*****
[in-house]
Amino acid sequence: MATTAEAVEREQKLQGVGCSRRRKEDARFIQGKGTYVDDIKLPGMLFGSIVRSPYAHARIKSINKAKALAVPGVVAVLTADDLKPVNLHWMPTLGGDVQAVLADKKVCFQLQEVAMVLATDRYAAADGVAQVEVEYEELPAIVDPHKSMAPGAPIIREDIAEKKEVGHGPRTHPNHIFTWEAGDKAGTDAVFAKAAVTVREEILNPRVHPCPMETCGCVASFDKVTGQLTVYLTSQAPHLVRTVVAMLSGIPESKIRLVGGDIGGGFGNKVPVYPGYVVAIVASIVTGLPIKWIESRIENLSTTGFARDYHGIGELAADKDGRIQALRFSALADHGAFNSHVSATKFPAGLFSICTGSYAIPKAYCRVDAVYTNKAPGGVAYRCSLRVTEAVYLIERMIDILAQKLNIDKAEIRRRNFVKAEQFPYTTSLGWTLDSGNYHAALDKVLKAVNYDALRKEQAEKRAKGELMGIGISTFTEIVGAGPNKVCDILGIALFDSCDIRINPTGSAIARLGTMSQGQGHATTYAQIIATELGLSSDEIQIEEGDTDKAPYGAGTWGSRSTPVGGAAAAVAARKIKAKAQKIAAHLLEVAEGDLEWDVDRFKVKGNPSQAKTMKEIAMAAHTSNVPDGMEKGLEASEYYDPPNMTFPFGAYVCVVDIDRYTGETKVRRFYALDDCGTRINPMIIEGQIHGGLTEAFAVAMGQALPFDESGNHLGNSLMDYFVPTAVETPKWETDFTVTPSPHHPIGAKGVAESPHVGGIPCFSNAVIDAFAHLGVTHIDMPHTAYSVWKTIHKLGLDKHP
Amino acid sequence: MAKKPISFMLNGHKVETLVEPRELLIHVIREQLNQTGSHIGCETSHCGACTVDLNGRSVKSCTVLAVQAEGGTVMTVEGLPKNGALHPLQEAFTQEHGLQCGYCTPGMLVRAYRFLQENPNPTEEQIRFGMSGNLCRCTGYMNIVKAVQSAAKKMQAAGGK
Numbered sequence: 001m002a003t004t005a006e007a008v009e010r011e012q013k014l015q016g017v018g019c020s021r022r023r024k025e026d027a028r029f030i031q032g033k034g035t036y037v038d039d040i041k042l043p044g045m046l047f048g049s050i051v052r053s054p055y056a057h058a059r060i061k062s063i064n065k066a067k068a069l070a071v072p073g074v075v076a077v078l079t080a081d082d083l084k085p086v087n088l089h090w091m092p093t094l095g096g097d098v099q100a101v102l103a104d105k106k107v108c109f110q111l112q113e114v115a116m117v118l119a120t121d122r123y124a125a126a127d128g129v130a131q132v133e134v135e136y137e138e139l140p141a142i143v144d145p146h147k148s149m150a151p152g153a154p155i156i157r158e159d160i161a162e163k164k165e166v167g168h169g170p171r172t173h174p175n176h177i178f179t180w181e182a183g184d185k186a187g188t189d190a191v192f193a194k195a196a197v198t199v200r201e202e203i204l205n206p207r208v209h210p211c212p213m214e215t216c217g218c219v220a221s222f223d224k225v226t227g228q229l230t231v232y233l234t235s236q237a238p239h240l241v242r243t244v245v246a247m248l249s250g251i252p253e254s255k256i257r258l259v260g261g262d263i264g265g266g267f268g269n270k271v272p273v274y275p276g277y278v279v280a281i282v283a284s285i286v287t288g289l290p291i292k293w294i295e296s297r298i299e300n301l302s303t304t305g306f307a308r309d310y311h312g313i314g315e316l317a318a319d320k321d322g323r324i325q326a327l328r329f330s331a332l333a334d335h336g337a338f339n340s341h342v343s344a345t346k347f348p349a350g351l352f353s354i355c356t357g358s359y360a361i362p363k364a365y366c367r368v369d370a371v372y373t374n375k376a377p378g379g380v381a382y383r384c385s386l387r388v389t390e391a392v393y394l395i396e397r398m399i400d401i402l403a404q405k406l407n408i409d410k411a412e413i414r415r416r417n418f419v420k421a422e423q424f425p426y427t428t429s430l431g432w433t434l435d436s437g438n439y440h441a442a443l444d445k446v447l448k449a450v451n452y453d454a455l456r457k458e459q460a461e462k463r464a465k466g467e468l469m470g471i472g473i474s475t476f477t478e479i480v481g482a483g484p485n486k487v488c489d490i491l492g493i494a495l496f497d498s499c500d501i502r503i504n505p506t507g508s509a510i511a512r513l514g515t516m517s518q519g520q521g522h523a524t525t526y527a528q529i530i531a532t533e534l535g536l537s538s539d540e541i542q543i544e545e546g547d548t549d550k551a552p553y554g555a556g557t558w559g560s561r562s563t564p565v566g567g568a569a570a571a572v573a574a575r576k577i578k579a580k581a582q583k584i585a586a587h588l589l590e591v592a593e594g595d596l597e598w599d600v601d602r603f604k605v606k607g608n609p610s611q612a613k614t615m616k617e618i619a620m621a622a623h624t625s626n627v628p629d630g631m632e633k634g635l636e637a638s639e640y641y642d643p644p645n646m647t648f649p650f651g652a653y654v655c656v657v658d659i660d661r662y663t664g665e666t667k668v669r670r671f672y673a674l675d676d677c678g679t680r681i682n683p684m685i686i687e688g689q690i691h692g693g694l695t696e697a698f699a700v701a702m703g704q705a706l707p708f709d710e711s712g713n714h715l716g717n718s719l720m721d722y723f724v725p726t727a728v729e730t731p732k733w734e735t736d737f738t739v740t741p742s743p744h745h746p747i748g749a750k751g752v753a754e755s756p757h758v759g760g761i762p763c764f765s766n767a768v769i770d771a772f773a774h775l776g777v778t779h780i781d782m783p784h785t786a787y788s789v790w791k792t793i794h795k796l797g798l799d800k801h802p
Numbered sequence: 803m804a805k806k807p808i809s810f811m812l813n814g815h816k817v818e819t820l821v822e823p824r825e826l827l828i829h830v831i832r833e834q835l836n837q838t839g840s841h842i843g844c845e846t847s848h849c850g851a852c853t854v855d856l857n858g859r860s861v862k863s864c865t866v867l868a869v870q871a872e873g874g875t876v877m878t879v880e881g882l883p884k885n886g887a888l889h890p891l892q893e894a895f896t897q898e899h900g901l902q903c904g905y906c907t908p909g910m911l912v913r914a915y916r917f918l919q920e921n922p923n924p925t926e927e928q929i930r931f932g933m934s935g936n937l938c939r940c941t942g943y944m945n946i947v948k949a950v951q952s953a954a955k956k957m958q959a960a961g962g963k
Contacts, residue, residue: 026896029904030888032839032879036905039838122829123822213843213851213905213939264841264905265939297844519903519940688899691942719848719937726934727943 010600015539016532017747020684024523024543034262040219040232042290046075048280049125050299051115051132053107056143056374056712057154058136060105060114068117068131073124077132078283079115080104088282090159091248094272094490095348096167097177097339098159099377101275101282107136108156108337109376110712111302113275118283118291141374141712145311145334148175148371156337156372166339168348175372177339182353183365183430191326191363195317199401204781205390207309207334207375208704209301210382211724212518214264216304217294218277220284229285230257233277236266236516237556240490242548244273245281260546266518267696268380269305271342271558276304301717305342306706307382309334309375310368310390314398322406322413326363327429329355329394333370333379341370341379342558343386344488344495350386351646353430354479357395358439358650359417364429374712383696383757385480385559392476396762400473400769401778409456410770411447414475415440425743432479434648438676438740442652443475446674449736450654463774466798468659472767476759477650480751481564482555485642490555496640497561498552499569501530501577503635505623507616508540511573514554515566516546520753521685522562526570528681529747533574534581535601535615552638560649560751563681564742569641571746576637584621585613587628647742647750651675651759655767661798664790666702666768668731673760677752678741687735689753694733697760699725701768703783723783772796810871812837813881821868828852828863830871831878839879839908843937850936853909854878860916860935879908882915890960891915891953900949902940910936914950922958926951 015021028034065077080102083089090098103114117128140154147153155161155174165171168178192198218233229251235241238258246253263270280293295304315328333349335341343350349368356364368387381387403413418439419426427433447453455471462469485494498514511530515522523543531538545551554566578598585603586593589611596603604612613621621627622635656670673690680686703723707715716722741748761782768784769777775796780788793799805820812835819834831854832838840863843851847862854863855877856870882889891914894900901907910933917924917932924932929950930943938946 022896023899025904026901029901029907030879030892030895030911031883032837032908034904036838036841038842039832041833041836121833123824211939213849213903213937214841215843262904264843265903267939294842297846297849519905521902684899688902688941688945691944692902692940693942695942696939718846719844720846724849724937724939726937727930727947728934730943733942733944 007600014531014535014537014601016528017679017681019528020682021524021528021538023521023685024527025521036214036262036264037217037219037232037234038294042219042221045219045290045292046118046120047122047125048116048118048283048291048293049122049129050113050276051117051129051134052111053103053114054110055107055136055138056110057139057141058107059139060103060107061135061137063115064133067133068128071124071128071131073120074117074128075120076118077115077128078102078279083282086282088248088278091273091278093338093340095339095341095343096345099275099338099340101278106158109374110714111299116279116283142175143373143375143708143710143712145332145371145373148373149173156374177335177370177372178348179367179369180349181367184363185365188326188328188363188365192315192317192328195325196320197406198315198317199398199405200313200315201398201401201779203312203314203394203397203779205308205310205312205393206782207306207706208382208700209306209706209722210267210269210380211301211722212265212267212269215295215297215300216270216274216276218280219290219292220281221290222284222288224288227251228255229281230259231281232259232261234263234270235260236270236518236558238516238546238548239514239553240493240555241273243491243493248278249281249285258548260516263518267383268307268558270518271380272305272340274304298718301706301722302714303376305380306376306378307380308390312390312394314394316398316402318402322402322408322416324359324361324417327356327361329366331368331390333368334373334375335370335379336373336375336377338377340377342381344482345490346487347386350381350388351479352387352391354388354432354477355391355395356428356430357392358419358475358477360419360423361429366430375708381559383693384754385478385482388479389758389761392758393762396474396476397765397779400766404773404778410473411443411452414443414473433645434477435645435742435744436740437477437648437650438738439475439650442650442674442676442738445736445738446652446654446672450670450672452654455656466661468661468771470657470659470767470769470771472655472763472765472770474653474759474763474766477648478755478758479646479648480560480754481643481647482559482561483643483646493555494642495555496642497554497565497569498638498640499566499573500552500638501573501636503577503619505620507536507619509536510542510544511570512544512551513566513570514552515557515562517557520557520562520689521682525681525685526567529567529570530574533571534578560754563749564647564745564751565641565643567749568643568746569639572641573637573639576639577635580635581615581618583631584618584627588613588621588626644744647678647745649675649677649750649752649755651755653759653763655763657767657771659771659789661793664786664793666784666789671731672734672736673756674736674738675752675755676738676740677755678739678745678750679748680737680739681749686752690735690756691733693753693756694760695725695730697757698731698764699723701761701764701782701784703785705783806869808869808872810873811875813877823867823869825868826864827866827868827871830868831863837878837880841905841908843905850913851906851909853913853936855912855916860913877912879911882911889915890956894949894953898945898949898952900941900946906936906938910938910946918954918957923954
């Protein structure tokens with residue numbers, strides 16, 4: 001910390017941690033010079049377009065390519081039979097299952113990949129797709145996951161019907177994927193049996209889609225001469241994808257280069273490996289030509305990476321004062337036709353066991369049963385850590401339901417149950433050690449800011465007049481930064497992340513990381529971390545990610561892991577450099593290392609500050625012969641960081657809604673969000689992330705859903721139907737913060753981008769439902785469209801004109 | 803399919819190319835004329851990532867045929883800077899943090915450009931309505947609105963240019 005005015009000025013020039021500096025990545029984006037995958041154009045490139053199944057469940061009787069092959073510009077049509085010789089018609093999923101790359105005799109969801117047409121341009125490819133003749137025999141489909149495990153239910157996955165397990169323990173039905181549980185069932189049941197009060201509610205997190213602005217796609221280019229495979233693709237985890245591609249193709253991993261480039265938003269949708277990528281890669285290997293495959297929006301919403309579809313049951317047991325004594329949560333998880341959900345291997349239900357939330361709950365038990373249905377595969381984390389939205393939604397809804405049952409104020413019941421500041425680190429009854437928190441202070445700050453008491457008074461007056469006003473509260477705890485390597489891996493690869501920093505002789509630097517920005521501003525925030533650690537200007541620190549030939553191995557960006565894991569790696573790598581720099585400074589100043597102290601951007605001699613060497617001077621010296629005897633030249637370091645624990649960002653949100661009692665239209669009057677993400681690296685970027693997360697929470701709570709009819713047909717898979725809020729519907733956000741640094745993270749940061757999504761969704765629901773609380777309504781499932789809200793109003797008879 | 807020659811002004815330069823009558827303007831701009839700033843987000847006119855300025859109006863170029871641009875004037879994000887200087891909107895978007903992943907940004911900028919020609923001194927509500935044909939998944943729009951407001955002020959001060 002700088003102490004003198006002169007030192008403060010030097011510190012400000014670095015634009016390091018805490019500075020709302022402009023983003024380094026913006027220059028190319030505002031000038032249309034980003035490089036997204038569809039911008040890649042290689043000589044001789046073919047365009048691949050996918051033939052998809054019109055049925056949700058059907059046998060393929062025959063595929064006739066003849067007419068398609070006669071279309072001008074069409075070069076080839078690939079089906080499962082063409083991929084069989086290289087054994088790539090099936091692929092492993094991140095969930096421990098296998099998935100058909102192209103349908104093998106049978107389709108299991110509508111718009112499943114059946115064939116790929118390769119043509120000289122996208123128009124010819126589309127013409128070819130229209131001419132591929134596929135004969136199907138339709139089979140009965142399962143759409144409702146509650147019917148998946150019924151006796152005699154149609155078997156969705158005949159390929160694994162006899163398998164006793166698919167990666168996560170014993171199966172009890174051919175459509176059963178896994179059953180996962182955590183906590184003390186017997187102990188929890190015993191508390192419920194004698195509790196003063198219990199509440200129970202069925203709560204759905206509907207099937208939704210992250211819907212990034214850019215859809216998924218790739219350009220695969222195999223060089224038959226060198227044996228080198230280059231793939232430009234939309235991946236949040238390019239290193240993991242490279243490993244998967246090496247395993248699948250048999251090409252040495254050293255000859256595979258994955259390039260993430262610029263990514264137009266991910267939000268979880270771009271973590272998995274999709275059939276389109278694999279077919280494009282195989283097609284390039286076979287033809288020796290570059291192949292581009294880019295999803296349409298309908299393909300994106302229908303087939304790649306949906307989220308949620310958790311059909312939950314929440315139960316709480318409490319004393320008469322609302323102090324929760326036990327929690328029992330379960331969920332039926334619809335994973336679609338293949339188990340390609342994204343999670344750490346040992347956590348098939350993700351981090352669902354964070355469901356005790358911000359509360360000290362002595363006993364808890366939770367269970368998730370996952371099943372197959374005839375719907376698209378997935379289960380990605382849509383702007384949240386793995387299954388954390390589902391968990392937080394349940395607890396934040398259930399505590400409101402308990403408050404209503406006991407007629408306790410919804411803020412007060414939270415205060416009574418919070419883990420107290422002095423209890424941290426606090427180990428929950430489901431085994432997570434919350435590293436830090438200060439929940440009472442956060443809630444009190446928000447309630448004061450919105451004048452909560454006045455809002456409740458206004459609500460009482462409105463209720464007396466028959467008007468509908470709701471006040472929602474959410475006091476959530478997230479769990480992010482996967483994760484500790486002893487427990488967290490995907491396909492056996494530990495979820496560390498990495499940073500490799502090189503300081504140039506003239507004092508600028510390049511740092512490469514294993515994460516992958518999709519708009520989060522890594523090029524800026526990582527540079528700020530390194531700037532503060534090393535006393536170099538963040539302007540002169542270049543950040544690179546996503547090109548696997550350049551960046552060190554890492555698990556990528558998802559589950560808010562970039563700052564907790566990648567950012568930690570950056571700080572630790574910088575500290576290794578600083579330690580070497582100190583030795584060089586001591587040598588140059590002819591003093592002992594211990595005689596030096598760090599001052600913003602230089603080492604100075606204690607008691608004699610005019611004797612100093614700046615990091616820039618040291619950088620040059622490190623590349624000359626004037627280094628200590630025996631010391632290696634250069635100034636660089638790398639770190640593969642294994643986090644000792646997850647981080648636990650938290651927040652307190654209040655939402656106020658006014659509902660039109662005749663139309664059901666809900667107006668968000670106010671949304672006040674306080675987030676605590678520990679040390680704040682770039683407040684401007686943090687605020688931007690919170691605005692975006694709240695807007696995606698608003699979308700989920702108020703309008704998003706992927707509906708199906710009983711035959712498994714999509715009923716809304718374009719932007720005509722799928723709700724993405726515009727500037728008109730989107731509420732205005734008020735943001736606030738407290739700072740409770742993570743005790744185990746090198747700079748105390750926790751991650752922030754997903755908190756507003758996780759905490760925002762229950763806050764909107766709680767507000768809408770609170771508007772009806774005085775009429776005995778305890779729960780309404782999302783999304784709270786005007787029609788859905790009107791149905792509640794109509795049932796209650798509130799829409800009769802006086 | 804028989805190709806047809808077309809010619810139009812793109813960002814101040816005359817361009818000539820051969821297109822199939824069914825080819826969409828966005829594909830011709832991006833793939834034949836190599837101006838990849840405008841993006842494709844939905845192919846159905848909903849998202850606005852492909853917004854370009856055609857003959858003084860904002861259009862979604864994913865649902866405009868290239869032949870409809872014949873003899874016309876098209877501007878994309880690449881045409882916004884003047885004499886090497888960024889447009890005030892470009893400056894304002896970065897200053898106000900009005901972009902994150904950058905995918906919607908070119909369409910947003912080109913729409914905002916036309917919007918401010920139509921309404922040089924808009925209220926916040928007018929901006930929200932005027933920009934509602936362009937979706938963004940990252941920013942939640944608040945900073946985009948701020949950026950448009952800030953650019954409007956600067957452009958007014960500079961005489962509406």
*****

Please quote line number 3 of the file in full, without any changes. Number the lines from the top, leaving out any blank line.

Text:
Amino acid sequence: MAKKPISFMLNGHKVETLVEPRELLIHVIREQLNQTGSHIGCETSHCGACTVDLNGRSVKSCTVLAVQAEGGTVMTVEGLPKNGALHPLQEAFTQEHGLQCGYCTPGMLVRAYRFLQENPNPTEEQIRFGMSGNLCRCTGYMNIVKAVQSAAKKMQAAGGK